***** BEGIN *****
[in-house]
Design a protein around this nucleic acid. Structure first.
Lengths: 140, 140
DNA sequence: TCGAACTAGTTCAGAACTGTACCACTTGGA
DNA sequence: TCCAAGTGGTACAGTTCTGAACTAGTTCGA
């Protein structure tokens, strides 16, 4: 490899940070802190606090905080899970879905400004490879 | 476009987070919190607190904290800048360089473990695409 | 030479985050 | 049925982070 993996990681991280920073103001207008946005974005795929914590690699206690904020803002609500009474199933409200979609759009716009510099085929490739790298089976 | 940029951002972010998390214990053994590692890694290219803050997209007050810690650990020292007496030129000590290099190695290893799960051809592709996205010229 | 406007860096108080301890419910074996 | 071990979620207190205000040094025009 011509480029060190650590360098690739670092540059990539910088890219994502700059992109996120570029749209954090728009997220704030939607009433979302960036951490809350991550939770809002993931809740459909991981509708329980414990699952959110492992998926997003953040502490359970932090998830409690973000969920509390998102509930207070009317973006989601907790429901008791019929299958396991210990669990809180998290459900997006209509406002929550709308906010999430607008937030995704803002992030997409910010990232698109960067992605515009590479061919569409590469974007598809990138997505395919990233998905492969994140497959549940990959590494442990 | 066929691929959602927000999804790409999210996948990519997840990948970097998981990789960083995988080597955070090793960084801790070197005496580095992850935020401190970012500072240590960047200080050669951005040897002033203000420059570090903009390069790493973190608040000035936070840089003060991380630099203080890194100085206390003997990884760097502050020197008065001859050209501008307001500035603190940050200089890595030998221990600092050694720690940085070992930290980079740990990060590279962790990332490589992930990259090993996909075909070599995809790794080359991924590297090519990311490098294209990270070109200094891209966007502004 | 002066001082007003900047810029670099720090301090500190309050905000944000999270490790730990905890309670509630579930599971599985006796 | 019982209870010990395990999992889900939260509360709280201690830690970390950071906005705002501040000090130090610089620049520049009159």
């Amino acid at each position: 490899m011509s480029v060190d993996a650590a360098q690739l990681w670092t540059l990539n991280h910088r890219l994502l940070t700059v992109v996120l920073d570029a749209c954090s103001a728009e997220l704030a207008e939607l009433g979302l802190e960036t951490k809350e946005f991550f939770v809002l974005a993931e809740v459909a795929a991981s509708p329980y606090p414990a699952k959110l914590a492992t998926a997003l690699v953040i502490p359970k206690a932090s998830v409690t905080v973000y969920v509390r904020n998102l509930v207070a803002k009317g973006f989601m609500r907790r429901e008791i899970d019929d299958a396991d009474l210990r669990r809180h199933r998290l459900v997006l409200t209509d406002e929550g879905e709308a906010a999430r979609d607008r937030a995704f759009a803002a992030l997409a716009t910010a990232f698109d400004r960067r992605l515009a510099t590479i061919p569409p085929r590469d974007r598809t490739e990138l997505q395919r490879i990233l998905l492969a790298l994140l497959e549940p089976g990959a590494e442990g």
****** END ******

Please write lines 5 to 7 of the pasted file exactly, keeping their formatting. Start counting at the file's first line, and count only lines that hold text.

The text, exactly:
DNA sequence: TCCAAGTGGTACAGTTCTGAACTAGTTCGA
């Protein structure tokens, strides 16, 4: 490899940070802190606090905080899970879905400004490879 | 476009987070919190607190904290800048360089473990695409 | 030479985050 | 049925982070 993996990681991280920073103001207008946005974005795929914590690699206690904020803002609500009474199933409200979609759009716009510099085929490739790298089976 | 940029951002972010998390214990053994590692890694290219803050997209007050810690650990020292007496030129000590290099190695290893799960051809592709996205010229 | 406007860096108080301890419910074996 | 071990979620207190205000040094025009 011509480029060190650590360098690739670092540059990539910088890219994502700059992109996120570029749209954090728009997220704030939607009433979302960036951490809350991550939770809002993931809740459909991981509708329980414990699952959110492992998926997003953040502490359970932090998830409690973000969920509390998102509930207070009317973006989601907790429901008791019929299958396991210990669990809180998290459900997006209509406002929550709308906010999430607008937030995704803002992030997409910010990232698109960067992605515009590479061919569409590469974007598809990138997505395919990233998905492969994140497959549940990959590494442990 | 066929691929959602927000999804790409999210996948990519997840990948970097998981990789960083995988080597955070090793960084801790070197005496580095992850935020401190970012500072240590960047200080050669951005040897002033203000420059570090903009390069790493973190608040000035936070840089003060991380630099203080890194100085206390003997990884760097502050020197008065001859050209501008307001500035603190940050200089890595030998221990600092050694720690940085070992930290980079740990990060590279962790990332490589992930990259090993996909075909070599995809790794080359991924590297090519990311490098294209990270070109200094891209966007502004 | 002066001082007003900047810029670099720090301090500190309050905000944000999270490790730990905890309670509630579930599971599985006796 | 019982209870010990395990999992889900939260509360709280201690830690970390950071906005705002501040000090130090610089620049520049009159």
């Amino acid at each position: 490899m011509s480029v060190d993996a650590a360098q690739l990681w670092t540059l990539n991280h910088r890219l994502l940070t700059v992109v996120l920073d570029a749209c954090s103001a728009e997220l704030a207008e939607l009433g979302l802190e960036t951490k809350e946005f991550f939770v809002l974005a993931e809740v459909a795929a991981s509708p329980y606090p414990a699952k959110l914590a492992t998926a997003l690699v953040i502490p359970k206690a932090s998830v409690t905080v973000y969920v509390r904020n998102l509930v207070a803002k009317g973006f989601m609500r907790r429901e008791i899970d019929d299958a396991d009474l210990r669990r809180h199933r998290l459900v997006l409200t209509d406002e929550g879905e709308a906010a999430r979609d607008r937030a995704f759009a803002a992030l997409a716009t910010a990232f698109d400004r960067r992605l515009a510099t590479i061919p569409p085929r590469d974007r598809t490739e990138l997505q395919r490879i990233l998905l492969a790298l994140l497959e549940p089976g990959a590494e442990g």